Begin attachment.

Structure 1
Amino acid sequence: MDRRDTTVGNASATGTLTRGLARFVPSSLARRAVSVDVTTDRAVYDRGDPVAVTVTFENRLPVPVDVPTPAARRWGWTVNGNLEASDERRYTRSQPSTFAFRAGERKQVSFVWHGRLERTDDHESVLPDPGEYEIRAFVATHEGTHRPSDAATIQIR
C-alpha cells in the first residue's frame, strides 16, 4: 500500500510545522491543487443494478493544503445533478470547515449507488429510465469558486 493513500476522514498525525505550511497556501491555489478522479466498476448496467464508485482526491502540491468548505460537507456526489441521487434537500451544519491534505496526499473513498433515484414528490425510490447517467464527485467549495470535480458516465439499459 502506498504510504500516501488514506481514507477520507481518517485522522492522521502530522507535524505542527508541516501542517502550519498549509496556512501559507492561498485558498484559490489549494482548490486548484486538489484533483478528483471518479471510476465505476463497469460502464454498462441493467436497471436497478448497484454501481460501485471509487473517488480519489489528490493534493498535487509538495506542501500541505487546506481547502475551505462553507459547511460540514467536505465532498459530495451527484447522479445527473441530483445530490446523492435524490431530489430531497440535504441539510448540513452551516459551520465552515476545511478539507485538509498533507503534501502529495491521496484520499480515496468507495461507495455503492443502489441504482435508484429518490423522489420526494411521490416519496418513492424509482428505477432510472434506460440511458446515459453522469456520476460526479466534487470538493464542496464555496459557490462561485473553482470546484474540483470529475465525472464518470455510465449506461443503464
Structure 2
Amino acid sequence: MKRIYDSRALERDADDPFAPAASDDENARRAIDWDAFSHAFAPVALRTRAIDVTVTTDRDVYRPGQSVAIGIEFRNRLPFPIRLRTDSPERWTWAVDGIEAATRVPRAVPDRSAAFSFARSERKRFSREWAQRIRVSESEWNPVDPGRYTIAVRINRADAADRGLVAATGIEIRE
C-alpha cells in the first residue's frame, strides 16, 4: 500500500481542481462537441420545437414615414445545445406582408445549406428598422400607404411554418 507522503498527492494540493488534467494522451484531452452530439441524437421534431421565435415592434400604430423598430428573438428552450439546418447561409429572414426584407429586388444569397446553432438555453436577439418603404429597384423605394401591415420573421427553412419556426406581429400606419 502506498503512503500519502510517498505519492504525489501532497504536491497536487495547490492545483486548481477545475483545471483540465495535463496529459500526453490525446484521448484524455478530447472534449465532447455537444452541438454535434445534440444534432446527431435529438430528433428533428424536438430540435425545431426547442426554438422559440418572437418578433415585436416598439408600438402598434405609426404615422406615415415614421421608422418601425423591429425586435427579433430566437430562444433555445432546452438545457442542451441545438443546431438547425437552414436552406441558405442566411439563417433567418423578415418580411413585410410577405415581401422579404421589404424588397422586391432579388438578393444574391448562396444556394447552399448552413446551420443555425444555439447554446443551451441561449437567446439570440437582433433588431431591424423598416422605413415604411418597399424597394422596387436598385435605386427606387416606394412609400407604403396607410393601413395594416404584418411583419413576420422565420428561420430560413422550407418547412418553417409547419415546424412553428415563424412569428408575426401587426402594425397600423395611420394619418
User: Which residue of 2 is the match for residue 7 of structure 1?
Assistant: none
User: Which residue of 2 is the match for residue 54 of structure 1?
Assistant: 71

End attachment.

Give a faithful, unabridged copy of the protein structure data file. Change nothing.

Structure 1
Amino acid sequence: MDRRDTTVGNASATGTLTRGLARFVPSSLARRAVSVDVTTDRAVYDRGDPVAVTVTFENRLPVPVDVPTPAARRWGWTVNGNLEASDERRYTRSQPSTFAFRAGERKQVSFVWHGRLERTDDHESVLPDPGEYEIRAFVATHEGTHRPSDAATIQIR
C-alpha cells in the first residue's frame, strides 16, 4: 500500500510545522491543487443494478493544503445533478470547515449507488429510465469558486 493513500476522514498525525505550511497556501491555489478522479466498476448496467464508485482526491502540491468548505460537507456526489441521487434537500451544519491534505496526499473513498433515484414528490425510490447517467464527485467549495470535480458516465439499459 502506498504510504500516501488514506481514507477520507481518517485522522492522521502530522507535524505542527508541516501542517502550519498549509496556512501559507492561498485558498484559490489549494482548490486548484486538489484533483478528483471518479471510476465505476463497469460502464454498462441493467436497471436497478448497484454501481460501485471509487473517488480519489489528490493534493498535487509538495506542501500541505487546506481547502475551505462553507459547511460540514467536505465532498459530495451527484447522479445527473441530483445530490446523492435524490431530489430531497440535504441539510448540513452551516459551520465552515476545511478539507485538509498533507503534501502529495491521496484520499480515496468507495461507495455503492443502489441504482435508484429518490423522489420526494411521490416519496418513492424509482428505477432510472434506460440511458446515459453522469456520476460526479466534487470538493464542496464555496459557490462561485473553482470546484474540483470529475465525472464518470455510465449506461443503464
Structure 2
Amino acid sequence: MKRIYDSRALERDADDPFAPAASDDENARRAIDWDAFSHAFAPVALRTRAIDVTVTTDRDVYRPGQSVAIGIEFRNRLPFPIRLRTDSPERWTWAVDGIEAATRVPRAVPDRSAAFSFARSERKRFSREWAQRIRVSESEWNPVDPGRYTIAVRINRADAADRGLVAATGIEIRE
C-alpha cells in the first residue's frame, strides 16, 4: 500500500481542481462537441420545437414615414445545445406582408445549406428598422400607404411554418 507522503498527492494540493488534467494522451484531452452530439441524437421534431421565435415592434400604430423598430428573438428552450439546418447561409429572414426584407429586388444569397446553432438555453436577439418603404429597384423605394401591415420573421427553412419556426406581429400606419 502506498503512503500519502510517498505519492504525489501532497504536491497536487495547490492545483486548481477545475483545471483540465495535463496529459500526453490525446484521448484524455478530447472534449465532447455537444452541438454535434445534440444534432446527431435529438430528433428533428424536438430540435425545431426547442426554438422559440418572437418578433415585436416598439408600438402598434405609426404615422406615415415614421421608422418601425423591429425586435427579433430566437430562444433555445432546452438545457442542451441545438443546431438547425437552414436552406441558405442566411439563417433567418423578415418580411413585410410577405415581401422579404421589404424588397422586391432579388438578393444574391448562396444556394447552399448552413446551420443555425444555439447554446443551451441561449437567446439570440437582433433588431431591424423598416422605413415604411418597399424597394422596387436598385435605386427606387416606394412609400407604403396607410393601413395594416404584418411583419413576420422565420428561420430560413422550407418547412418553417409547419415546424412553428415563424412569428408575426401587426402594425397600423395611420394619418
User: Which residue of 2 is the match for residue 7 of structure 1?
Assistant: none
User: Which residue of 2 is the match for residue 54 of structure 1?
Assistant: 71